In a democratic republic, should the law accord more credibility to the testimony of state agents than to that of a regular person?

          There is some uplifting news, SEIU, a corrupt, influence peddling organization imitating a public employee labor union, has announced it will be cutting its budget this year by 30%.

          • 0 avatar
            VoGo

            For those who don’t speak alt right, I’ll translate: “corrupt, influence peddling organization” does NOT mean Trump charity. On the contrary, it means union representing working Americans.

          • 0 avatar
            28-Cars-Later

            #triggered.

          • 0 avatar
            racer-esq.

            Government employees are hardly workers. These groups help teachers get away with molesting students and watching porn at work and help cops get away with rape and theft. They steal from private sector workers and endorse regressive sales and property taxes along with government thug revenue generators like casinos.

            Trump was endorsed by a number of the country’s largest public sector unions, which shows the mentality they share.

          • 0 avatar
            OldManPants

            “Government employees are hardly workers. These groups help teachers get away with molesting students and watching porn at work and help cops get away with rape and theft. They steal from private sector workers and endorse regressive sales and property taxes along with government thug revenue generators like casinos.”

            *phew*
            That’s not work?

          • 0 avatar
            brn

            Ronnie: “So charge them for their behavior, reckless driving, not some kind of trumped up charge.”

            Works for me, but ditto for drunk driving. BAC is just a number and may not represent the person’s behavior.

          • 0 avatar
            brn

            racer-esq “They steal from private sector workers and endorse regressive sales and property taxes along with government thug revenue generators like casinos.”

            Legislators make that happen, the ones you vote into office. Executive branch workers generally hate legislators too. Grouping all government workers together shows a lack of understanding as to what’s really going on.

          • 0 avatar
            Jeff Zekas

            Many drugs, including LSD, are out of your system quickly, and won’t show up on blood tests. This is why driving behaviour is just as important as testing.

    • 0 avatar
      bullnuke

      No one in the “system” is inclined to “do the right thing” in this matter. There are far too many rice bowls that need filling in the justice system to allow someone, rightly or wrongly, to escape the system once they’ve been snagged into it. Those rice bowls will continue to stay full the longer an alleged miscreant remains trapped in the system.

  • avatar
    VoGo

    I wonder if that Canadian dump trick driver was high on Timmy’s.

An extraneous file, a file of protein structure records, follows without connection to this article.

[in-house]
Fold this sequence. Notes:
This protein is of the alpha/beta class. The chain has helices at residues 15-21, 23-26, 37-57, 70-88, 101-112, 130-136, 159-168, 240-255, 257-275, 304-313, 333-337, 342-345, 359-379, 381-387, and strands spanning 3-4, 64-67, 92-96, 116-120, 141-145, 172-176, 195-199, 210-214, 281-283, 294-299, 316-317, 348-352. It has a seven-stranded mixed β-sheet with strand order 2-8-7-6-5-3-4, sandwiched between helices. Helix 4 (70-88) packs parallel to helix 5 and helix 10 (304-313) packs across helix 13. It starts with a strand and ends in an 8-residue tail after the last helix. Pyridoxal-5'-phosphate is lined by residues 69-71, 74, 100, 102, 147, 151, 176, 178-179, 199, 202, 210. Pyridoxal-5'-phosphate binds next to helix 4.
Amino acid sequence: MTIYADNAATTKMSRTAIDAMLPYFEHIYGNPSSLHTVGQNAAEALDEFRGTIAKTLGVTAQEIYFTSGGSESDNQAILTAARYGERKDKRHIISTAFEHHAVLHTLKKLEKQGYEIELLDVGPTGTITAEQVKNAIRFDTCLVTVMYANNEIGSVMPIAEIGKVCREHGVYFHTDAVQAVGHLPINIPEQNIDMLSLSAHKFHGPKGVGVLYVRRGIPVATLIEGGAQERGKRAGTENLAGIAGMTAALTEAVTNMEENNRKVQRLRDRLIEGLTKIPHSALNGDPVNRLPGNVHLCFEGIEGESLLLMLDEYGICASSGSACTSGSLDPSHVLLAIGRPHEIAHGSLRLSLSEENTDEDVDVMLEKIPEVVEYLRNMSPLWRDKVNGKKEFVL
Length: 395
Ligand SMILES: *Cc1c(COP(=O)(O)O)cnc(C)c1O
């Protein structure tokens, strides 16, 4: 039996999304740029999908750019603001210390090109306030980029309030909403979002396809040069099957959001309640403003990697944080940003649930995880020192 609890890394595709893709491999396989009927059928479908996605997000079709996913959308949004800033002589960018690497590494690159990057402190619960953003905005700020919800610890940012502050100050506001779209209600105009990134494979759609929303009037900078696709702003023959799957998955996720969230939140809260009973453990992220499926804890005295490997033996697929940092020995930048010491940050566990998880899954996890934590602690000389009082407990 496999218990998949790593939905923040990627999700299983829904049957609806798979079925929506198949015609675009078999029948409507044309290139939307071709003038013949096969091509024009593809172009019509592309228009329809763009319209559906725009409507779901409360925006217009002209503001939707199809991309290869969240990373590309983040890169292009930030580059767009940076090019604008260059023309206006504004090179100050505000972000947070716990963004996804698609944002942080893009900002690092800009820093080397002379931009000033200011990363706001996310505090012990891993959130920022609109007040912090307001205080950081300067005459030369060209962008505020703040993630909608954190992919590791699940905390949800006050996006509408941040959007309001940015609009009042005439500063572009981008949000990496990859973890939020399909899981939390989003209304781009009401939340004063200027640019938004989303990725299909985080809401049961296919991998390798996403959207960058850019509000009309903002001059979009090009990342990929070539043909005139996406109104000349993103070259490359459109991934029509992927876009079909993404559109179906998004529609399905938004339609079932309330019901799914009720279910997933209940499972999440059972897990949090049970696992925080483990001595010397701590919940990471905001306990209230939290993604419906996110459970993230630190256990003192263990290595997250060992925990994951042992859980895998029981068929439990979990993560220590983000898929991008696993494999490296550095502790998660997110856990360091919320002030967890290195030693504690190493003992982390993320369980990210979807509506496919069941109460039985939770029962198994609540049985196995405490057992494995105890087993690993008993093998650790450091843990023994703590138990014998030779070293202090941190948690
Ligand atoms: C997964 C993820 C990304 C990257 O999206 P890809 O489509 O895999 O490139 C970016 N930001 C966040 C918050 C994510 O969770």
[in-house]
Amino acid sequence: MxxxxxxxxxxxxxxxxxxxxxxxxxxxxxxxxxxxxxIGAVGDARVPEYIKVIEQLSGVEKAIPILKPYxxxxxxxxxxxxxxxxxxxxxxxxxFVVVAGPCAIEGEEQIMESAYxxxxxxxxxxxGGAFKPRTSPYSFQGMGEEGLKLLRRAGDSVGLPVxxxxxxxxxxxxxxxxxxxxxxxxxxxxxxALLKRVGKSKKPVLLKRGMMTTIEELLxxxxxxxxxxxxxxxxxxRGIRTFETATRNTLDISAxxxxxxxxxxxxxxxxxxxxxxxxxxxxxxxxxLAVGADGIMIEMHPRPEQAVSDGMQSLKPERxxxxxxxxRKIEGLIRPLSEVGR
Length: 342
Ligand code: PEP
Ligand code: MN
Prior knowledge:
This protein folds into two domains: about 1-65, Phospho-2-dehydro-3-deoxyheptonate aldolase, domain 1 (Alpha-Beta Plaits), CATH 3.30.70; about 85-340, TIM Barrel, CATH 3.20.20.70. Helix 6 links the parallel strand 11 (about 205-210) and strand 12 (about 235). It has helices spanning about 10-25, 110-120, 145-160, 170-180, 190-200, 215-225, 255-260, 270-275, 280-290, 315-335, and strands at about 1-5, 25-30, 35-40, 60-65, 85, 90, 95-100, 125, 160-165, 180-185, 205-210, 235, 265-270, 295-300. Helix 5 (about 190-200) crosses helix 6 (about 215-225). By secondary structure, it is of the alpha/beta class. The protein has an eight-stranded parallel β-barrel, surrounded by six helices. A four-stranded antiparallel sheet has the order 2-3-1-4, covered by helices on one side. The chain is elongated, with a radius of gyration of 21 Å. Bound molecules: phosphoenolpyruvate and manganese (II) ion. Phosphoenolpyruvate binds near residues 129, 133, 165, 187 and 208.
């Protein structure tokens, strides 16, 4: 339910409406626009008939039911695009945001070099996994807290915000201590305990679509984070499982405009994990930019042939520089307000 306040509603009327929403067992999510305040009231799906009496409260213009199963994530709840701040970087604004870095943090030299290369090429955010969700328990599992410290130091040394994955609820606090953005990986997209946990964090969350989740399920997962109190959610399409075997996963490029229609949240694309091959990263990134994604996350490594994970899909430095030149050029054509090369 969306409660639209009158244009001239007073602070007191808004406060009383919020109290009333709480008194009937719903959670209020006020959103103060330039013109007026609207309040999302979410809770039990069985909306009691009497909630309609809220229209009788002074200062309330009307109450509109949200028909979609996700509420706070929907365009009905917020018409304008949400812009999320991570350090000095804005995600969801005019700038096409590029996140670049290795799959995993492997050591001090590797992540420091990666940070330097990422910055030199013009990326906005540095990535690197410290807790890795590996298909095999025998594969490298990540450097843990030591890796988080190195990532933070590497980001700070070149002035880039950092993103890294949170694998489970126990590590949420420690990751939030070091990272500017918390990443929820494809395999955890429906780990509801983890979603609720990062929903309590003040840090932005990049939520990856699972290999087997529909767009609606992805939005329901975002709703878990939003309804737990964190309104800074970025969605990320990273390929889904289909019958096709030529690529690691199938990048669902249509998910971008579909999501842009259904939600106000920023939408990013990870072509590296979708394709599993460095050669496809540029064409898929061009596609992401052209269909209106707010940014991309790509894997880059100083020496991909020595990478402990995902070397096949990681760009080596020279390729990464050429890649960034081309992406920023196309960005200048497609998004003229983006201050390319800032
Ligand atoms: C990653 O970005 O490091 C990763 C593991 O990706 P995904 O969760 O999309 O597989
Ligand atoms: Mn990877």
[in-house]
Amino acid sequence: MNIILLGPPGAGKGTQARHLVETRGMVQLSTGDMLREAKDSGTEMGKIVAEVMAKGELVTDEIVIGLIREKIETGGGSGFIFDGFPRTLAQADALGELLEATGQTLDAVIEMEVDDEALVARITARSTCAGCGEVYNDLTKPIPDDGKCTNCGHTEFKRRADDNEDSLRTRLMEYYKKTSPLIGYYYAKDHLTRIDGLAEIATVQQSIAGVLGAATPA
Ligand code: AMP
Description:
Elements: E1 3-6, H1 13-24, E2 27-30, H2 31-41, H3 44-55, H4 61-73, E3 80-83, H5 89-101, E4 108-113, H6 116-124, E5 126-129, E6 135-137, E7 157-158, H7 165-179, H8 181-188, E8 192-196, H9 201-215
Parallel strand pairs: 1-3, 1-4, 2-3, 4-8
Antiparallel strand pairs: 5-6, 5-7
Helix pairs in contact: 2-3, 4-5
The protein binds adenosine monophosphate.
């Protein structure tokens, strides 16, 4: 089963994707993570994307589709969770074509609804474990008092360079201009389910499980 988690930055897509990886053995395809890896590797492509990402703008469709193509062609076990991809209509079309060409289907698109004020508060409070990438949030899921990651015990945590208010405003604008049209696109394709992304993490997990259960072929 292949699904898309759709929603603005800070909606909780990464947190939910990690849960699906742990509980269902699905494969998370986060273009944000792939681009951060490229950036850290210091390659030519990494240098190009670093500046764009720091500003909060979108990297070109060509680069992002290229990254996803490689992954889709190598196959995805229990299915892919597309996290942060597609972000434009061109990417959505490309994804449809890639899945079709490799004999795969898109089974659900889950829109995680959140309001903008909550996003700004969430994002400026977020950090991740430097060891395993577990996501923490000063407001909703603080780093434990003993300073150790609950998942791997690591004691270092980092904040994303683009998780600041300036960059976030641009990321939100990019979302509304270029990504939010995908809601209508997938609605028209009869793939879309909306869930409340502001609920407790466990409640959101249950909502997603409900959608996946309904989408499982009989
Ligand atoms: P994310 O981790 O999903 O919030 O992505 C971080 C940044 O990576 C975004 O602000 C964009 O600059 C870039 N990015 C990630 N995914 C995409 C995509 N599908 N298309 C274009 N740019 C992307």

• avatar
    IAhawkeye

    For me, I’m always worried about how I drive WITHOUT caffeine. I try not to be forced to do it, but some extra early mornings you don’t have much choice. My brain definitely doesn’t enjoy it.

    “Exercise Powders” aka pre-workout, I’m not a user of them as part of my workout routine so I’m completely biased. Having said that, not only are they not necessary, but they also totally over do it. Usually have a minimum of 200mg of caffeine per scoop, some newer ones I saw at the supplement store having 450mg of caffeine, and most people take more then once scoop. Not to mention the other “ingredients”. It’s no wonder he couldn’t drive straight.

  • avatar
    -Nate

    I enjoyed the link given here a while ago : floridaMan.com or something like that .
    .
    Apparently too much orange juice does weirdness to one’s brains .
    .
    BTW : that Coffee Cozy is one of the very few I’d ever buy ~ get buttons with wider thread holes and position them correctly in “X” so it looks dead ~ perfect =8-) .
    .
    -Nate

  • avatar
    NMGOM

    “Maybe there is common sense to be found in California.”

    Nah.

    ==========

    • 0 avatar
      -Nate

      Bits of it here and there where the yuppies and millenials haven’t stamped it out yet .
      .
      -Nate

    • 0 avatar
      carguy67

      Well, we don’t have mandatory inspections for autos–though sometimes I wish we did, given the appearance of some vehicles–and not having to get my older cars smogged is a benefit, to be sure (thank you Governor Wilson).

      • 0 avatar
        -Nate

        “we don’t have mandatory inspections for autos–though sometimes I wish we did” (California) .
        .

        No kidding ! .
        .
        @ the main P.A.P.D. garage by buddy used to do the post collision inspections and the bald tires, loose ball joints, metal to metal brake shoes/pads and so on would make your hair stand on end .
        .
        -Nate

  • avatar
    LuvGermanCars

    Paul Frank’s VW Phaeton. RIP failed Luxobarge…

  • avatar
    Whatnext

    Uh, is Lil’Belinda the gas jockey’s legal name or just her nom de rap?

  • avatar
    OldManPants

    Where’s TTAC?

    New Year’s is over and Islander Day isn’t till next month.